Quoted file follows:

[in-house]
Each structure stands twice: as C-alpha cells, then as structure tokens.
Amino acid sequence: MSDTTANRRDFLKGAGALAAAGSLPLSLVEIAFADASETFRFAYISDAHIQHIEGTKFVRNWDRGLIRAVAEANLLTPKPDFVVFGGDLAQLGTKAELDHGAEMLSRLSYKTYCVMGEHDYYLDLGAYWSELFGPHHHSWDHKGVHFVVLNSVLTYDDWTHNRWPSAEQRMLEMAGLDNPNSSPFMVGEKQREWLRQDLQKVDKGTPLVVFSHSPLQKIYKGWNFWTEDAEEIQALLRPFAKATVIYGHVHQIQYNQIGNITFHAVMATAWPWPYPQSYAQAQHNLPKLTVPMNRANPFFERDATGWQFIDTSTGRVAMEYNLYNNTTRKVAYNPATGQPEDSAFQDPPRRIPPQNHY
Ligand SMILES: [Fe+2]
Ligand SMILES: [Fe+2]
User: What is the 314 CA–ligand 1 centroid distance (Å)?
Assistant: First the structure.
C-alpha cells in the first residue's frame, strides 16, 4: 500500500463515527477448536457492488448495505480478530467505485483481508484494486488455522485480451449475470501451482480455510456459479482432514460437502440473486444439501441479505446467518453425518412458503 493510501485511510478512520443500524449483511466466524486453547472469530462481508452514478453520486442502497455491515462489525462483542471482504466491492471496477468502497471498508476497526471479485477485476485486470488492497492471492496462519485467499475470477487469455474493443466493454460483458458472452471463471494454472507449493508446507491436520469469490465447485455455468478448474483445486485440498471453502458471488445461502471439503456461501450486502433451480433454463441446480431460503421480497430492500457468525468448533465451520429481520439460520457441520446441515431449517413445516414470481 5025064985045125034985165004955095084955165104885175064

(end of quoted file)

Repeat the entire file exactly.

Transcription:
[in-house]
Each structure stands twice: as C-alpha cells, then as structure tokens.
Amino acid sequence: MSDTTANRRDFLKGAGALAAAGSLPLSLVEIAFADASETFRFAYISDAHIQHIEGTKFVRNWDRGLIRAVAEANLLTPKPDFVVFGGDLAQLGTKAELDHGAEMLSRLSYKTYCVMGEHDYYLDLGAYWSELFGPHHHSWDHKGVHFVVLNSVLTYDDWTHNRWPSAEQRMLEMAGLDNPNSSPFMVGEKQREWLRQDLQKVDKGTPLVVFSHSPLQKIYKGWNFWTEDAEEIQALLRPFAKATVIYGHVHQIQYNQIGNITFHAVMATAWPWPYPQSYAQAQHNLPKLTVPMNRANPFFERDATGWQFIDTSTGRVAMEYNLYNNTTRKVAYNPATGQPEDSAFQDPPRRIPPQNHY
Ligand SMILES: [Fe+2]
Ligand SMILES: [Fe+2]
User: What is the 314 CA–ligand 1 centroid distance (Å)?
Assistant: First the structure.
C-alpha cells in the first residue's frame, strides 16, 4: 500500500463515527477448536457492488448495505480478530467505485483481508484494486488455522485480451449475470501451482480455510456459479482432514460437502440473486444439501441479505446467518453425518412458503 493510501485511510478512520443500524449483511466466524486453547472469530462481508452514478453520486442502497455491515462489525462483542471482504466491492471496477468502497471498508476497526471479485477485476485486470488492497492471492496462519485467499475470477487469455474493443466493454460483458458472452471463471494454472507449493508446507491436520469469490465447485455455468478448474483445486485440498471453502458471488445461502471439503456461501450486502433451480433454463441446480431460503421480497430492500457468525468448533465451520429481520439460520457441520446441515431449517413445516414470481 5025064985045125034985165004955095084955165104885175064